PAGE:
Former Red Wings coach Mike Babcock is a hard man. He was raised the son of a miner in northern Ontario, Manitoba and then Saskatchewan. He lost his mom to cancer when he was still young due to cancer. He was a hard-working hockey player whose leadership skills exceeded his on-ice skills, and he became a hard-nosed, old-school hockey coach.
We all know by now that Mike Babcock treated Johan Franzen terribly during their shared time in Detroit.
I do believe that Babcock’s comments to The Athletic’s Pierre LeBrun regarding reaching out to Johan are accurate. I do believe that Babcock is genuinely sorry for what he did to cause Johan to have a couple of breakdowns on and off the ice. I do believe that Babcock’s desire to make things right is sincere.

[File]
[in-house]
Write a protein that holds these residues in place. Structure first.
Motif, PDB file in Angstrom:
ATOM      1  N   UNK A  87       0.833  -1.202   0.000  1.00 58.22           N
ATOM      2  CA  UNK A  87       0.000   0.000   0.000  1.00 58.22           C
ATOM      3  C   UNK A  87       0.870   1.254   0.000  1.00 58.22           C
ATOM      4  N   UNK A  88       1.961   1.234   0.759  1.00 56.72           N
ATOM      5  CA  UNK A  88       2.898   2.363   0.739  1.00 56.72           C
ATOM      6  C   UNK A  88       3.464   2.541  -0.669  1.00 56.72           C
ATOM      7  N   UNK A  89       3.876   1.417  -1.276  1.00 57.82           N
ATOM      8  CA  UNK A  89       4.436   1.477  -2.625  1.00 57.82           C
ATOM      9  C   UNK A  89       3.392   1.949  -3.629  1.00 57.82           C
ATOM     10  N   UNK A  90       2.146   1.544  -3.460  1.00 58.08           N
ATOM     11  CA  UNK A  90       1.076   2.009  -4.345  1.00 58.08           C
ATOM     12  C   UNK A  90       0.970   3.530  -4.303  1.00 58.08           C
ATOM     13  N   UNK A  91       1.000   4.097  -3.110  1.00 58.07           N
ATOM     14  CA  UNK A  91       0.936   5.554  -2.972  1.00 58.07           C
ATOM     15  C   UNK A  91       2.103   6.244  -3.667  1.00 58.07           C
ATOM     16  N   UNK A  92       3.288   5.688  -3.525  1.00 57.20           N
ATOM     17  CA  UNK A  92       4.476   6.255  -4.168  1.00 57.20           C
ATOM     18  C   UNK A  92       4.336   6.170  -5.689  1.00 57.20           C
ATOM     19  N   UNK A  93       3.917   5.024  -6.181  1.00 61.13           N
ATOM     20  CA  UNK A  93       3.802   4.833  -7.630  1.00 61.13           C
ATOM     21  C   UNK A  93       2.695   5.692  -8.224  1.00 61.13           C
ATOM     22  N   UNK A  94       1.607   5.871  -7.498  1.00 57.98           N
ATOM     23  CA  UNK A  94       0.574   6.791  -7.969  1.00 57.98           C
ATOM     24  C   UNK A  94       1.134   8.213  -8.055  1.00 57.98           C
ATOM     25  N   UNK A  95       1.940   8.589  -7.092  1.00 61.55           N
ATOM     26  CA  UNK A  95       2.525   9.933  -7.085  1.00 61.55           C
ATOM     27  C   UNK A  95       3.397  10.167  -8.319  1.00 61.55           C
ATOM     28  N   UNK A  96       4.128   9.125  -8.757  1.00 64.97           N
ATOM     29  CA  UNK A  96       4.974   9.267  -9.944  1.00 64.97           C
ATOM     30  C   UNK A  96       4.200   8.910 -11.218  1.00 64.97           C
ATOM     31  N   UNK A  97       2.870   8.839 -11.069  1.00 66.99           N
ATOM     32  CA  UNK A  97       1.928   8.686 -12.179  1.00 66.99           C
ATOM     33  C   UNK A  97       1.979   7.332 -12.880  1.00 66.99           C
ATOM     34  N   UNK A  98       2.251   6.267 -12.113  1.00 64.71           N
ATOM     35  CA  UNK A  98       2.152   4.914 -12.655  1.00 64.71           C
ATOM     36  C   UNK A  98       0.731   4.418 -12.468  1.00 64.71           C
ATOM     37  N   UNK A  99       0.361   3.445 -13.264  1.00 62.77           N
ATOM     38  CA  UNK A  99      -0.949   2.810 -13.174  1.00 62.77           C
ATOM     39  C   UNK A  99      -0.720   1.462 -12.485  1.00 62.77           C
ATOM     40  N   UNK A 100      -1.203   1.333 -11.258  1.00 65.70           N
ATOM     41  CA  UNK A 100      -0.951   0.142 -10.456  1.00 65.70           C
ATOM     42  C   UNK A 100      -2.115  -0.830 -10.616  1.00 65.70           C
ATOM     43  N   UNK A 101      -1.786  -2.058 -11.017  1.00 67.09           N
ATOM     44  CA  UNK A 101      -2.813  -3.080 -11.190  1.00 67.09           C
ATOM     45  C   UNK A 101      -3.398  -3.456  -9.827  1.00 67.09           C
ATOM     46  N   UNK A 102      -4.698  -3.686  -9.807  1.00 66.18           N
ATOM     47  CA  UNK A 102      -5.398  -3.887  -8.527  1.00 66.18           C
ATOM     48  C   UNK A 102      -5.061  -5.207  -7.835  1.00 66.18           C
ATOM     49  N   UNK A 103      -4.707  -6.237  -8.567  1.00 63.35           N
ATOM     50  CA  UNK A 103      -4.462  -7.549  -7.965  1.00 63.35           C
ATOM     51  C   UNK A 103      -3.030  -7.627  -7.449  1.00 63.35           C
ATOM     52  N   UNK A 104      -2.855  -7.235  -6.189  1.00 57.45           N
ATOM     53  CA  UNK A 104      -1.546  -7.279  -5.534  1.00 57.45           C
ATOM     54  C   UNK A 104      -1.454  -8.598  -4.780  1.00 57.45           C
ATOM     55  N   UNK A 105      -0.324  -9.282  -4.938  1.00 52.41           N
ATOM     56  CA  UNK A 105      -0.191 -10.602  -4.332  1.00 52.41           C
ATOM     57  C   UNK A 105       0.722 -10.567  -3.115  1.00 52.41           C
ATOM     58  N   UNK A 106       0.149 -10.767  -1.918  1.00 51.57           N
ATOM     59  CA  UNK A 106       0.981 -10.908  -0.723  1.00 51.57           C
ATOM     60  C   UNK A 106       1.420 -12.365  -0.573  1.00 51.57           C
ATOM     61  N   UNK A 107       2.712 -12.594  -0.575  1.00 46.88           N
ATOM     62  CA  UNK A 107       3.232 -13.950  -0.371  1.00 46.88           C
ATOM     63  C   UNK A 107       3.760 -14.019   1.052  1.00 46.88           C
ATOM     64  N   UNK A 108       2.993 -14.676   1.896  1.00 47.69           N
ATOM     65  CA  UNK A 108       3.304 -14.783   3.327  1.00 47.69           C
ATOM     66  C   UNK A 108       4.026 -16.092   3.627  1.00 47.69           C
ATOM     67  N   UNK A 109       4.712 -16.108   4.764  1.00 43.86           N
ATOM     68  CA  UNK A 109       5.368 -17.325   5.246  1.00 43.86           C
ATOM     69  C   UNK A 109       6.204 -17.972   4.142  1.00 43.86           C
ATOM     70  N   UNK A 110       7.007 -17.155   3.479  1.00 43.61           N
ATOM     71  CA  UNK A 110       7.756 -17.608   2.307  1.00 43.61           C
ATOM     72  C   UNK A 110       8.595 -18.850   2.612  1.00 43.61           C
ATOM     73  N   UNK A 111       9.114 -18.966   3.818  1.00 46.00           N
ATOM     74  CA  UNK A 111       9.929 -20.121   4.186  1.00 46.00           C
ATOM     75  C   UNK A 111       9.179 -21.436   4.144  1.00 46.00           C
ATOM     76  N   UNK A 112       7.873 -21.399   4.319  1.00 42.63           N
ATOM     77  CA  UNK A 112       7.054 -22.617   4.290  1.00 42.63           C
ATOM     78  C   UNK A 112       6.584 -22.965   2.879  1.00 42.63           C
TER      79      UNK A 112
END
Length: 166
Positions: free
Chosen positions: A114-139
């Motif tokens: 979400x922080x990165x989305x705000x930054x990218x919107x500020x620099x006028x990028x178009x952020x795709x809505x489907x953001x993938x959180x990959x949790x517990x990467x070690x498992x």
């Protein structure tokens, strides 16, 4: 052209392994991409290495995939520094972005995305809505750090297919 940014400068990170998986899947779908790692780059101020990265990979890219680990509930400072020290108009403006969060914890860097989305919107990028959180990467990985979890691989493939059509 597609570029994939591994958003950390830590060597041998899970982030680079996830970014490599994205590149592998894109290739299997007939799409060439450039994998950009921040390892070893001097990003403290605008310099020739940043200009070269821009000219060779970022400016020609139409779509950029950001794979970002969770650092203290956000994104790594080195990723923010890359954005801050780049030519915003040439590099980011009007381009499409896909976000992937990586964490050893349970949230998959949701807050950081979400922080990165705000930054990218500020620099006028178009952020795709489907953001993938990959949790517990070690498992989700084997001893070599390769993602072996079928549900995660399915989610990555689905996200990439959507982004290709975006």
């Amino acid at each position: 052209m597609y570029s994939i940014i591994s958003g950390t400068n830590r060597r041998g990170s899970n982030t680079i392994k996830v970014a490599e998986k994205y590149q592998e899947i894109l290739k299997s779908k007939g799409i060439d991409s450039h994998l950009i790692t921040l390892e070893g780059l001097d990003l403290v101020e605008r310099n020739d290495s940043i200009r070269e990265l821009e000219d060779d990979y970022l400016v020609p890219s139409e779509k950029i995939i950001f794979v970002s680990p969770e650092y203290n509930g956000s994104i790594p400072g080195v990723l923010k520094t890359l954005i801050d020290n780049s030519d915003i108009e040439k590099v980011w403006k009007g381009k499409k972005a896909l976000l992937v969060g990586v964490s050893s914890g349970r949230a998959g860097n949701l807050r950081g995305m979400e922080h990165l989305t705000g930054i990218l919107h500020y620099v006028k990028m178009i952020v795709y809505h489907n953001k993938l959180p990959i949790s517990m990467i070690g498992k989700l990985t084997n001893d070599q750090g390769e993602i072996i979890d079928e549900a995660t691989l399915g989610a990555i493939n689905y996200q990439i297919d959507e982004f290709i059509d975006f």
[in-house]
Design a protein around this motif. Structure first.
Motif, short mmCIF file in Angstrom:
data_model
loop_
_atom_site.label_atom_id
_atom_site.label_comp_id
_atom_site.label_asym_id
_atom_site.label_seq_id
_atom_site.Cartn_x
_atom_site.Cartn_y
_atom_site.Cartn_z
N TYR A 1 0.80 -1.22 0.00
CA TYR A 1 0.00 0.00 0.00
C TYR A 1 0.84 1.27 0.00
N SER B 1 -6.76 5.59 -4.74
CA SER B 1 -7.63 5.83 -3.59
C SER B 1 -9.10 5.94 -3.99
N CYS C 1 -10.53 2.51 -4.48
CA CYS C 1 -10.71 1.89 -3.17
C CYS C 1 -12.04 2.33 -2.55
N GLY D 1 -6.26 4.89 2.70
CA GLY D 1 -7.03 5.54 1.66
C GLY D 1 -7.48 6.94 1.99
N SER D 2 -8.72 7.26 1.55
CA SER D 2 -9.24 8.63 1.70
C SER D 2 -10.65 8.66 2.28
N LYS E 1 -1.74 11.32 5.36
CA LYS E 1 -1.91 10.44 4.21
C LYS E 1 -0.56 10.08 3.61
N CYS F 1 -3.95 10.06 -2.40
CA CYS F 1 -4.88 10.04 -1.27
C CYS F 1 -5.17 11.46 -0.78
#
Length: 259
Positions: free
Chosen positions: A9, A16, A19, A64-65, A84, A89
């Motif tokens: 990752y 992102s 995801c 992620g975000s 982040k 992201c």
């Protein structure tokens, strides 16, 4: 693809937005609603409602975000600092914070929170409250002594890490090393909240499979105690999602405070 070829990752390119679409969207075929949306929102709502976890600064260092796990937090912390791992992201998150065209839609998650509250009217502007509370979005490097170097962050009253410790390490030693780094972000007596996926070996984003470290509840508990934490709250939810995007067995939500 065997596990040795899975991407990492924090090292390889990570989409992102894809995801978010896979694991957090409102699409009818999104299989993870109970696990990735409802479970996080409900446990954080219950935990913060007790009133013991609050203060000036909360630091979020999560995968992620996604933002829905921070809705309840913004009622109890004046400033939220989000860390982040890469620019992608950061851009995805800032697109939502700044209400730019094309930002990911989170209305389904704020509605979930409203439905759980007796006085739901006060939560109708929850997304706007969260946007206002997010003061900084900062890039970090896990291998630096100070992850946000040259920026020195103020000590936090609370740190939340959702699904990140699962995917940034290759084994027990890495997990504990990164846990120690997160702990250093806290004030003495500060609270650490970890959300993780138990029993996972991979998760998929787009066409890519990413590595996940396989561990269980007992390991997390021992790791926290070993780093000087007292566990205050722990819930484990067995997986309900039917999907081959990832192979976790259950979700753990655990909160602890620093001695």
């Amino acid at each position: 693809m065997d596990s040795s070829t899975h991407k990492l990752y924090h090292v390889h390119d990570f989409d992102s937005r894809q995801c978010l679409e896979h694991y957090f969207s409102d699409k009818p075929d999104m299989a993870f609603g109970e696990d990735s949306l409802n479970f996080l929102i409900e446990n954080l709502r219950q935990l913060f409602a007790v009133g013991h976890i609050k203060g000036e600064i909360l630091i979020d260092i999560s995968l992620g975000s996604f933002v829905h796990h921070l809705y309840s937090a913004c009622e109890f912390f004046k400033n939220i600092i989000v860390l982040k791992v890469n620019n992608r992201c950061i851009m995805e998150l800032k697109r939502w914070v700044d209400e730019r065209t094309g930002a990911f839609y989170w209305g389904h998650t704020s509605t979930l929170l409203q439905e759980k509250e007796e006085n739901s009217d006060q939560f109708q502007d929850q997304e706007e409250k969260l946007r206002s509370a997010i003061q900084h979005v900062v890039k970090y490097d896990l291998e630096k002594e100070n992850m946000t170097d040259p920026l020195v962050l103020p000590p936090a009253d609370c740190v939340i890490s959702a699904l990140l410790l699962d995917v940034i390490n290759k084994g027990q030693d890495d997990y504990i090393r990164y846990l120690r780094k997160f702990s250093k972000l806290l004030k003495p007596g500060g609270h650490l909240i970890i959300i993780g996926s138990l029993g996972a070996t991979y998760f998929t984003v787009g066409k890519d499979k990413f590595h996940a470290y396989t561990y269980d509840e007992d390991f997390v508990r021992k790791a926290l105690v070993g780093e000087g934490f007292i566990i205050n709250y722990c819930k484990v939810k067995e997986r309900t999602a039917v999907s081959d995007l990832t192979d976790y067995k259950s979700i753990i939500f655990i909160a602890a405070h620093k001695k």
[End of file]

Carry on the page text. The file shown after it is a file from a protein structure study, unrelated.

Babcock has evolved and is a genuine advocate for mental health causes these days, and that’s a good thing.
All of that being said, I didn’t think that much about Mike Babcock while reading his words to LeBrun.
I thought about Johan Franzen, who’s still battling post-concussion issues, who’s been posting on Instagram recently about things other than the outgoing U.S. president–which is great–and I thought about whether it’s within Johan to forgive coach Babcock for what he did.
If it isn’t, if Johan can’t forgive Mike Babcock, that’s okay. If it isn’t, if Johan will always hold some anger in his heart toward his former coach, that’s up to Johan.
If it is, and Johan can find some peace with the situation, that’s fantastic, to use a Babcockian term, but if it isn’t, and it probably isn’t, I feel a lot worse for Johan than I do for coach Babcock, and I think that’s where our thoughts should be tonight–with the sympathetic figure here.